Bureaucratic insecurity through arrest warrants

James Q. Wilson describes a classic example of “gaming the numbers” in his book Bureaucracy. Under J. Edgar Hoover, FBI agents were under pressure to produce ever-rising numbers of arrests, recoveries of stolen goods, and so on. To meet their goals, they began to ask local police departments for lists of stolen cars that had been found—so they could claim them as recoveries. To increase the numbers of fugitives they apprehended, they began concentrating on military deserters, who were far easier to find than normal criminals. By the 1970s, U.S. attorneys were declining to prosecute 60 per cent of the cases the FBI presented, often because they were so trivial.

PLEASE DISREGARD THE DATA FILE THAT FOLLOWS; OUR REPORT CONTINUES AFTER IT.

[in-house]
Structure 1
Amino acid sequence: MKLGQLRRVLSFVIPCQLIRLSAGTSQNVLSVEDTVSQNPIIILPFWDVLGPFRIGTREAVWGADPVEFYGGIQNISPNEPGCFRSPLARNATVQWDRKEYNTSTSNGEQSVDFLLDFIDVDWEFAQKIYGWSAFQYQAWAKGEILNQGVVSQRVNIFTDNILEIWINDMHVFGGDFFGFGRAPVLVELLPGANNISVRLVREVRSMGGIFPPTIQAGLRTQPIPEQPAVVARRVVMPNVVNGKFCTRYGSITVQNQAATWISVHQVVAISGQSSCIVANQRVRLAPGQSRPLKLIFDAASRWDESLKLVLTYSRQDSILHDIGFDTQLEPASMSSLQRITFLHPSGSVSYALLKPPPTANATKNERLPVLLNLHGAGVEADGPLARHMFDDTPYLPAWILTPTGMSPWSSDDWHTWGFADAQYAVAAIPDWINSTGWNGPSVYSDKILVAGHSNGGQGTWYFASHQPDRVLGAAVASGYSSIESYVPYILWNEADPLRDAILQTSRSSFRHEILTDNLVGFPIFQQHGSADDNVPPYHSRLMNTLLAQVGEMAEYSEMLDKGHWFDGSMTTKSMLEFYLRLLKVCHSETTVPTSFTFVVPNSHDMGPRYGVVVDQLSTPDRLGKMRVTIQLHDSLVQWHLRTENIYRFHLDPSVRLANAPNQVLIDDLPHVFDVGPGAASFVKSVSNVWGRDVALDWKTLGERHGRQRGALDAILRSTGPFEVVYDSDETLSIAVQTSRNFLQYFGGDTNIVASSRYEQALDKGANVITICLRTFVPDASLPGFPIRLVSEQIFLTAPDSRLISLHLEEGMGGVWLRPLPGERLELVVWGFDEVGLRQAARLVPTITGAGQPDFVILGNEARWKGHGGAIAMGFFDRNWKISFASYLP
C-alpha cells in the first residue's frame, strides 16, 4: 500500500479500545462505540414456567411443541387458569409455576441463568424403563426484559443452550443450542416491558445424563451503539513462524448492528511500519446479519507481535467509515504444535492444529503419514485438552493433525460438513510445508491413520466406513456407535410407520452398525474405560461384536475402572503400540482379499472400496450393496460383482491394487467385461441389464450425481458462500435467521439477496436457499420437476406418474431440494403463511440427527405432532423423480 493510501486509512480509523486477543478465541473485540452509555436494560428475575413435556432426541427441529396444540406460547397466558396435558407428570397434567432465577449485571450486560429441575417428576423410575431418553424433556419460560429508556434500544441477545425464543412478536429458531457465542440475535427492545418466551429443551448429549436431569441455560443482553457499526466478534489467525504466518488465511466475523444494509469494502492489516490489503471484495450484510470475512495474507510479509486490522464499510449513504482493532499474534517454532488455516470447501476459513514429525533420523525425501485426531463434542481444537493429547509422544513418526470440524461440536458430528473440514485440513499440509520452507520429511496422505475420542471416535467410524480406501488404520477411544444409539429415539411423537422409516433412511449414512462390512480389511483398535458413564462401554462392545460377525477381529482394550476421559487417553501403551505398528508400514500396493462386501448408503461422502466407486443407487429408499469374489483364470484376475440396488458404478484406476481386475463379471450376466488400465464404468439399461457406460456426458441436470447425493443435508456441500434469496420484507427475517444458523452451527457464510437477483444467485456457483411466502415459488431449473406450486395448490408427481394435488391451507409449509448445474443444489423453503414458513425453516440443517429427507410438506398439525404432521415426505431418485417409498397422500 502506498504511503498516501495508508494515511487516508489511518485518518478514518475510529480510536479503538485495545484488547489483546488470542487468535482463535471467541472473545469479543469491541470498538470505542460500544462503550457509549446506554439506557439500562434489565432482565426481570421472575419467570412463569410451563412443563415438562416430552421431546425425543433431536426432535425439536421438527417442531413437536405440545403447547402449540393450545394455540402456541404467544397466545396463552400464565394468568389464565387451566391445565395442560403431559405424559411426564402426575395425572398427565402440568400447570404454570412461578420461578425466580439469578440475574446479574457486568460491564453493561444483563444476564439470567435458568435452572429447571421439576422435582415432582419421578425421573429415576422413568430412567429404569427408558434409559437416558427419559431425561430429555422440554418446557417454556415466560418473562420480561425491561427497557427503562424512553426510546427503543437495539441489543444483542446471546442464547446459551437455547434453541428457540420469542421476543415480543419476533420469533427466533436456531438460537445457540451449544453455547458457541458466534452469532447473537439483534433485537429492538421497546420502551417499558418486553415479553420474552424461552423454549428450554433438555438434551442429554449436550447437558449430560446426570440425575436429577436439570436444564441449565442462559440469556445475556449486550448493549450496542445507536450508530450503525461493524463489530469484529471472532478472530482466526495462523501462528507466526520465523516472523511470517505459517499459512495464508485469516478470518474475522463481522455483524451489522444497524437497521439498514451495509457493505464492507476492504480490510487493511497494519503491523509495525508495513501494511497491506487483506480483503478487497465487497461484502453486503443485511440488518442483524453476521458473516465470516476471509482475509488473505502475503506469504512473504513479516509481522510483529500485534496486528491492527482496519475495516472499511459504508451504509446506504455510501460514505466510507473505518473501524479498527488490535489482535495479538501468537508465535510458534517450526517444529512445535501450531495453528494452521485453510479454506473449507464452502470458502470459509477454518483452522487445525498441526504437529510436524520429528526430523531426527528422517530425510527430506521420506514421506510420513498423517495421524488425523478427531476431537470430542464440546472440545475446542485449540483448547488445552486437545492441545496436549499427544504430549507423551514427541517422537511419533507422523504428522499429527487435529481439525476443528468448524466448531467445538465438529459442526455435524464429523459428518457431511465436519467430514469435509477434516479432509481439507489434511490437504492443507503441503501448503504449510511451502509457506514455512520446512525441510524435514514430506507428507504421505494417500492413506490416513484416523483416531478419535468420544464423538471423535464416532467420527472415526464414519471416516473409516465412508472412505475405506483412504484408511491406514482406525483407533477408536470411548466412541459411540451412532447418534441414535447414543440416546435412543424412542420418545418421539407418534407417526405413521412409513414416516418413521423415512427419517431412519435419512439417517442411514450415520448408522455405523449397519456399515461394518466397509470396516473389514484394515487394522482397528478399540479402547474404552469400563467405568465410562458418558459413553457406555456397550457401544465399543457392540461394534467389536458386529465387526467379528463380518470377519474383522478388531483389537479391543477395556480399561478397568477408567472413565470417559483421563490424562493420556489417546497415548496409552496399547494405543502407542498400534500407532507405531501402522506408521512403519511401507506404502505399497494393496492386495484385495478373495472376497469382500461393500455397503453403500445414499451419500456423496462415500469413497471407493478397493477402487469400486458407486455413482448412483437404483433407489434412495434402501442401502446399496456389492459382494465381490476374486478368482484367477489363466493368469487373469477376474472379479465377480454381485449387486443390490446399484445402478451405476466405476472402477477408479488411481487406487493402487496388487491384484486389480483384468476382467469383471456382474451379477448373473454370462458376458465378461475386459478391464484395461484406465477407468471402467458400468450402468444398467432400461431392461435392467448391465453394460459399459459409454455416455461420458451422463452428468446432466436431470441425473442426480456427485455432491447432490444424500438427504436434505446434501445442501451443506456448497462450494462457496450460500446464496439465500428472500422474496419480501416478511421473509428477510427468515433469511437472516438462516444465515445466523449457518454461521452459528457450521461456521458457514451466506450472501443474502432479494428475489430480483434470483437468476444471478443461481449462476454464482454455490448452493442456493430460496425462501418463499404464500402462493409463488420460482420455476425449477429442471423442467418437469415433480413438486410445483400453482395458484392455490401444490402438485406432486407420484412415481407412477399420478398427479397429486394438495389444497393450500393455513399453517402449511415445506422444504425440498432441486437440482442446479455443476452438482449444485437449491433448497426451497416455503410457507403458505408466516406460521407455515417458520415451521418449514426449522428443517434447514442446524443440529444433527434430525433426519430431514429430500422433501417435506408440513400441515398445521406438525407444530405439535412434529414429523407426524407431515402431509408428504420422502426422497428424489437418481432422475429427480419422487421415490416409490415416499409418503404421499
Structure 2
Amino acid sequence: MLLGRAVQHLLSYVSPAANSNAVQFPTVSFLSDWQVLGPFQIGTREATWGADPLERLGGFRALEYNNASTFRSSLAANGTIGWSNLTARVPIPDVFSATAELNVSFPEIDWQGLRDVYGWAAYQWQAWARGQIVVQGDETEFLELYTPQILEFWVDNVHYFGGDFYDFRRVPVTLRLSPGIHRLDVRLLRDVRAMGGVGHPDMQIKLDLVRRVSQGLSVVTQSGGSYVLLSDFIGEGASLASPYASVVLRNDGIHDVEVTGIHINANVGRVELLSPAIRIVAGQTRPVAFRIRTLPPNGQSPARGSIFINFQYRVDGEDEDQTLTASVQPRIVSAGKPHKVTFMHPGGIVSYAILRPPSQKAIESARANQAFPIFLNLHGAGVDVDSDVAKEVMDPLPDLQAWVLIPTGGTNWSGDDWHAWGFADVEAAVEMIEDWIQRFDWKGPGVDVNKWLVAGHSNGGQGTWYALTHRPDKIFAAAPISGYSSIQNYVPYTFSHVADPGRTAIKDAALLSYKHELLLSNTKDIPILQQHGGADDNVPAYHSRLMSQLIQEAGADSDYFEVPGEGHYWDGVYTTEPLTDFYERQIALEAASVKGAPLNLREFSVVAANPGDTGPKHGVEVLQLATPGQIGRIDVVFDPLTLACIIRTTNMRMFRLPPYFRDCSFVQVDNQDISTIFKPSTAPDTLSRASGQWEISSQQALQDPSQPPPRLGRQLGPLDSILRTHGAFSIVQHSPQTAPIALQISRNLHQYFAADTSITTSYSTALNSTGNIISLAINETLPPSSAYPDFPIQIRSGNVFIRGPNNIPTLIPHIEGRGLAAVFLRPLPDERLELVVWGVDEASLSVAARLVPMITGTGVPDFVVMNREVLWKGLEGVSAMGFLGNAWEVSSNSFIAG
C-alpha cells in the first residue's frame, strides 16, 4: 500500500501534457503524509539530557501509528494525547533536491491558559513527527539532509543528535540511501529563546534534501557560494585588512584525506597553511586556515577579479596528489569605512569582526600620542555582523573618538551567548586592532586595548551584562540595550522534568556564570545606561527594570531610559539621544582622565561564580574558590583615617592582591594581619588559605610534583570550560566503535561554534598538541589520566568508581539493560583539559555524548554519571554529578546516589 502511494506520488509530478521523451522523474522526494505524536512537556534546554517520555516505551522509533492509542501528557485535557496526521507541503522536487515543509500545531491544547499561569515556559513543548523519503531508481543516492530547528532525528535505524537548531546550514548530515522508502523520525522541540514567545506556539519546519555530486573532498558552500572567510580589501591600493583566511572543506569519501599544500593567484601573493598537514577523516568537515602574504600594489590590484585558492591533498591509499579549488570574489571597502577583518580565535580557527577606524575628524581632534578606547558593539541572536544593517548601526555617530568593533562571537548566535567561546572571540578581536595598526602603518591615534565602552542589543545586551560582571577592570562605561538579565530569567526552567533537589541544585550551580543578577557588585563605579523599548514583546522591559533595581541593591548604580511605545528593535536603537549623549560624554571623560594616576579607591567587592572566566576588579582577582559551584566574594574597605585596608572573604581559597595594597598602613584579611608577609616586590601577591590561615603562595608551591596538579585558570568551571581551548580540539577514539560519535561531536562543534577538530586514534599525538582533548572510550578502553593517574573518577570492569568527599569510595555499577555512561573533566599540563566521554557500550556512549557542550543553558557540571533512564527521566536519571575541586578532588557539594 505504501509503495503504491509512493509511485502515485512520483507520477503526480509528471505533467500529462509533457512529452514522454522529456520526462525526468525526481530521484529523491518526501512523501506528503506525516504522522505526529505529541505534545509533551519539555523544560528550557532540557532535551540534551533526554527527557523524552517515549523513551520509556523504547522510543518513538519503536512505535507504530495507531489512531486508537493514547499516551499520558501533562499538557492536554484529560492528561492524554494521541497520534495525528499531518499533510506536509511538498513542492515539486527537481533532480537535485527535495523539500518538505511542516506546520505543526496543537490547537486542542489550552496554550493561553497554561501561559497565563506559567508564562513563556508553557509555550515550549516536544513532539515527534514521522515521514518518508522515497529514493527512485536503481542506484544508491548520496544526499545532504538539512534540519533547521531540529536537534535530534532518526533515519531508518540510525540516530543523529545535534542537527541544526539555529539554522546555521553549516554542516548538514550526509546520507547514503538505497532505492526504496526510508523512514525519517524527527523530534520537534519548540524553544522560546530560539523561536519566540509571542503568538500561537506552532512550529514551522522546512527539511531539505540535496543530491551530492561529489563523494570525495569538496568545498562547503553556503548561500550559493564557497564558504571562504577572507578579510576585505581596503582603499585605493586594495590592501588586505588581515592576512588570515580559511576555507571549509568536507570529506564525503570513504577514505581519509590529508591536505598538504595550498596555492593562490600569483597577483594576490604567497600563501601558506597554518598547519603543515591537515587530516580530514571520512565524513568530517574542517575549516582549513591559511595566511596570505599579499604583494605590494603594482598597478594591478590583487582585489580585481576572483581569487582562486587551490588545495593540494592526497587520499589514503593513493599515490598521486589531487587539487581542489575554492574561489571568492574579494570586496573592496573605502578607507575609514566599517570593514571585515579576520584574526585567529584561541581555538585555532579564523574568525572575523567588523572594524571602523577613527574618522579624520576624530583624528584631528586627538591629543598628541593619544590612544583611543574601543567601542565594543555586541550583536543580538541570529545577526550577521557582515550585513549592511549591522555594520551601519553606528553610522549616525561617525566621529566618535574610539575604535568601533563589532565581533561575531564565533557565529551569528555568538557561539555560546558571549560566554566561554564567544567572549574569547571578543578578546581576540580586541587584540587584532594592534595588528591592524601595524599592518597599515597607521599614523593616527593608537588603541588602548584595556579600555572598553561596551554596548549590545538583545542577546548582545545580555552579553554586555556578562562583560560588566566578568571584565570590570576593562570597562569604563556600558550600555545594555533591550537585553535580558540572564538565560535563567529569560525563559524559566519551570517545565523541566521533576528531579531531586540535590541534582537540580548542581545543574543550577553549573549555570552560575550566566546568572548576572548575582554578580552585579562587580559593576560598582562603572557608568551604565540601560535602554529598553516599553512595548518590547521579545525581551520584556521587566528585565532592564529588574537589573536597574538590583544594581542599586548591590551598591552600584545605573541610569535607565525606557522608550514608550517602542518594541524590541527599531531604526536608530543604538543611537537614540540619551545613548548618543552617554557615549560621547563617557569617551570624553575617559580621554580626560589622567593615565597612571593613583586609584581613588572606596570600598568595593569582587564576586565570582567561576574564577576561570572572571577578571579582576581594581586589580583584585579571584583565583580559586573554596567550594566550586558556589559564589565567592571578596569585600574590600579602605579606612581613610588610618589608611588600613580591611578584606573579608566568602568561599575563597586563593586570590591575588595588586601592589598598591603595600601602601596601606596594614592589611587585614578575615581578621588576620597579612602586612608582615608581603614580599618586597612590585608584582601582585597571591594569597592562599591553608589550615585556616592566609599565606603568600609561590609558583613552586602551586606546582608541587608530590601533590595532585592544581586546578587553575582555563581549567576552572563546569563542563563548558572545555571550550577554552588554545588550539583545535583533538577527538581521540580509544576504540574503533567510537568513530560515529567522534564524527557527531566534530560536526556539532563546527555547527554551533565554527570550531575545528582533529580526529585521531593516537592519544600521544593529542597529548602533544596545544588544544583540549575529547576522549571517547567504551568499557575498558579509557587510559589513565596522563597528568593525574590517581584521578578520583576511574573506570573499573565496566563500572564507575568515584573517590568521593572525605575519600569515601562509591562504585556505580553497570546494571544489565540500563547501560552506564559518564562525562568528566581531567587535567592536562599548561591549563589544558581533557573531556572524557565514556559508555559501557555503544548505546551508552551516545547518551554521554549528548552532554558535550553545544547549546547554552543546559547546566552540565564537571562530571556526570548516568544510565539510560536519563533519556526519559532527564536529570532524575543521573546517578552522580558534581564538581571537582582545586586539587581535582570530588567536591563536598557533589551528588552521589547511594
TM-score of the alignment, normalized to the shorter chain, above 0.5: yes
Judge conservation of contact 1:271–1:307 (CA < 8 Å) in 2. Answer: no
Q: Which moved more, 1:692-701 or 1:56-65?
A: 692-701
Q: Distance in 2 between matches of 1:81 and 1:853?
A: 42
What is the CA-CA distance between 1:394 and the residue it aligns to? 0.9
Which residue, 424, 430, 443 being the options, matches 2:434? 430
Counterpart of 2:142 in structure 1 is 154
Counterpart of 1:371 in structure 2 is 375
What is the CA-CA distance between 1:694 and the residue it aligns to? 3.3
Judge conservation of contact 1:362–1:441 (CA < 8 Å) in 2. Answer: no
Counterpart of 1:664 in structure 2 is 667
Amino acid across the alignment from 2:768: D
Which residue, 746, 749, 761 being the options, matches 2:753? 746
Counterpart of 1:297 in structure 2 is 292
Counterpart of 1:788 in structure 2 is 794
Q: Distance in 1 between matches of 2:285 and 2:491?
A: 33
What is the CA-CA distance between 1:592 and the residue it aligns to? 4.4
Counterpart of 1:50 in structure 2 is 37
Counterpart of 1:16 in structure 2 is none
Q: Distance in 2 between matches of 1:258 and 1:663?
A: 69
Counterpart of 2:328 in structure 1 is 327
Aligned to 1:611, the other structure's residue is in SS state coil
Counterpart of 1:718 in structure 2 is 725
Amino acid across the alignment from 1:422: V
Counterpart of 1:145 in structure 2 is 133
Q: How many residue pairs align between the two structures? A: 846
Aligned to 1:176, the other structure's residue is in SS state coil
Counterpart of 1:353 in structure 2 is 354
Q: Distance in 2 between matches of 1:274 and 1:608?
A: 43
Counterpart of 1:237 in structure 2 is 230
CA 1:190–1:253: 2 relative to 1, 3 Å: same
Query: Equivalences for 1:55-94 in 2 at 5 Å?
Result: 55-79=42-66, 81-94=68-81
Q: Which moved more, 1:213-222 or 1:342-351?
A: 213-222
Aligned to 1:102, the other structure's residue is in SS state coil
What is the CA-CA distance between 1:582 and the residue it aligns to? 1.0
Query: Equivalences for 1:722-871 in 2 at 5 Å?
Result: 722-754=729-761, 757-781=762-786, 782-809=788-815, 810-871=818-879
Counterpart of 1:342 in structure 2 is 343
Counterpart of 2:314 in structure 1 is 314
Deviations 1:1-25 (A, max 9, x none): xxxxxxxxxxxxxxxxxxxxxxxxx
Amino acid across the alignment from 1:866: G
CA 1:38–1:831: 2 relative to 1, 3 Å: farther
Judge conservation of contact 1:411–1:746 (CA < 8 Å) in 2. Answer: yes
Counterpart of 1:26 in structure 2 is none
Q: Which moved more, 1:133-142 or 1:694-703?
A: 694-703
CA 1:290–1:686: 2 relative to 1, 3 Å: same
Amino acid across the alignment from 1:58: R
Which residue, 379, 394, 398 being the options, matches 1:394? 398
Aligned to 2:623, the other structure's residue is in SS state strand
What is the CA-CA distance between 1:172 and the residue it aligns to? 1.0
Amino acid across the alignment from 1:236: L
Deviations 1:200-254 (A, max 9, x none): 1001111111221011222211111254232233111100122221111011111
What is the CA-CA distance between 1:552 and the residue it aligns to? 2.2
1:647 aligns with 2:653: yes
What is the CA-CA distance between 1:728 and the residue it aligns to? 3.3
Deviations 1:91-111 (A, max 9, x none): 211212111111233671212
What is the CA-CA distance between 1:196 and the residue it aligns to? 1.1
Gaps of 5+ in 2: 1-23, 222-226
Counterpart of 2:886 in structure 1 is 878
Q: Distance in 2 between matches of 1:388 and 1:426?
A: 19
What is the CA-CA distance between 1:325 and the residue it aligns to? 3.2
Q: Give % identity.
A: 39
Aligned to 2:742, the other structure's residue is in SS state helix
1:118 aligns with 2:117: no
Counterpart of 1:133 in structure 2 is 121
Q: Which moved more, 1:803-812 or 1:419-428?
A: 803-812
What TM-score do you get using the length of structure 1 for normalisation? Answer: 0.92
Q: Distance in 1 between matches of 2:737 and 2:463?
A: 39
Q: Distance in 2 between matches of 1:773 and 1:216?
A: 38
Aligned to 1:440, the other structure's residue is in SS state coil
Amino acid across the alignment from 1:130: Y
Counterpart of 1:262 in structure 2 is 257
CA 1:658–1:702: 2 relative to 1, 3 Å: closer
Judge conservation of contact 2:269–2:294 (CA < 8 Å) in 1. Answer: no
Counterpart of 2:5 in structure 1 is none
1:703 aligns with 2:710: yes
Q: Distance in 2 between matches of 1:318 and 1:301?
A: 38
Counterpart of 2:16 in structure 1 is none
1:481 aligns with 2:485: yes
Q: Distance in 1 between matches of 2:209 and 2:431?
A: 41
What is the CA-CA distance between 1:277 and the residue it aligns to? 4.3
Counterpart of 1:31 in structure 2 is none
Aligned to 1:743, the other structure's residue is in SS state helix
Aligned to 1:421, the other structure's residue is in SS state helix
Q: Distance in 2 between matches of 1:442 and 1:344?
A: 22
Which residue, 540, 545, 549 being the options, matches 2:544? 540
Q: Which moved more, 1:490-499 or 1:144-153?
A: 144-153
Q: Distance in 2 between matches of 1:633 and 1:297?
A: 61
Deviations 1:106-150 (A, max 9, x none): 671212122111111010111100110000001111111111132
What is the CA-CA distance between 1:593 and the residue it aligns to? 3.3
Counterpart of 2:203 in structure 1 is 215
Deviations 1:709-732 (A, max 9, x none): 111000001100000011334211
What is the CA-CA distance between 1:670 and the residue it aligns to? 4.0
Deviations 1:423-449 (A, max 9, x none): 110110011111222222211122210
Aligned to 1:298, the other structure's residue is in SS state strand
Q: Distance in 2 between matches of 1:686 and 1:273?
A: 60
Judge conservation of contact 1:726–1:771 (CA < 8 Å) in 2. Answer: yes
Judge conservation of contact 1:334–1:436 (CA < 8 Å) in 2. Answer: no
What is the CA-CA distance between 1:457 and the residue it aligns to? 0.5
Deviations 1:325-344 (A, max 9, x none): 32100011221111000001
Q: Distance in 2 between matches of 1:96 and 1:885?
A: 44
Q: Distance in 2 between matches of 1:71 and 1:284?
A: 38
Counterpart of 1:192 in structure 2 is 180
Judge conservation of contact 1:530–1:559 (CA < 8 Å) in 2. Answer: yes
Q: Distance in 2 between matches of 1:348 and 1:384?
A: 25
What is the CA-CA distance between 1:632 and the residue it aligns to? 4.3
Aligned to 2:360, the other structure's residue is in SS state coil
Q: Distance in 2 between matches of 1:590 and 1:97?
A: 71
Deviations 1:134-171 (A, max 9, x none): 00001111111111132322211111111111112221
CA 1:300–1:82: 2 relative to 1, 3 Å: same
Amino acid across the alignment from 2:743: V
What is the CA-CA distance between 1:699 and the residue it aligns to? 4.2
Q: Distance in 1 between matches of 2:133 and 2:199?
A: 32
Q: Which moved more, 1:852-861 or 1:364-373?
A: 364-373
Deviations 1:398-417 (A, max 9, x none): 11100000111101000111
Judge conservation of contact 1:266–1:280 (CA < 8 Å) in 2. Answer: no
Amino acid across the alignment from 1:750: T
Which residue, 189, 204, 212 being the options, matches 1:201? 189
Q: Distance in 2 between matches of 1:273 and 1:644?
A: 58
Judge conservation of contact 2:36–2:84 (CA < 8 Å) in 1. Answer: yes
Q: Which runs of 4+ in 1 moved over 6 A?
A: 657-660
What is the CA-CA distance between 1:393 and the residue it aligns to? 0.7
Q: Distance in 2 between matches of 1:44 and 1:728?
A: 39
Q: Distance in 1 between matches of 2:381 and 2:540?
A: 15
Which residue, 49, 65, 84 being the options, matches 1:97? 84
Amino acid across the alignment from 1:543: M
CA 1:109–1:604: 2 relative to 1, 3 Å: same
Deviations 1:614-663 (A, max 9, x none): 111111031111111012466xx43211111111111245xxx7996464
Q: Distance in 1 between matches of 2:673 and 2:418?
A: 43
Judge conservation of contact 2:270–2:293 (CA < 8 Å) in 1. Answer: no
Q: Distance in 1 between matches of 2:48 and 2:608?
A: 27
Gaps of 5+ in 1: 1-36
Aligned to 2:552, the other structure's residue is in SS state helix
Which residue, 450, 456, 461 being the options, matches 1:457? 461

My two cents

English: J. Edgar Hoover, head of the U.S. Fed...
English: J. Edgar Hoover, head of the U.S. Federal Bureau of Investigation, 1961. (Photo credit: Wikipedia)

That is so insecure. I hate it when organisations drum up fake numbers that aren’t really important (like conjuring up a number of arrests per month) and then expecting their employees to pull rabbits out of a hat like that.

Quote source

Osborne, D & Gaebler, T (1992). Reinventing government : how the entrepreneurial spirit is transforming the public sector. Reading: Addison-Wesley Pub. Co. p. 157.


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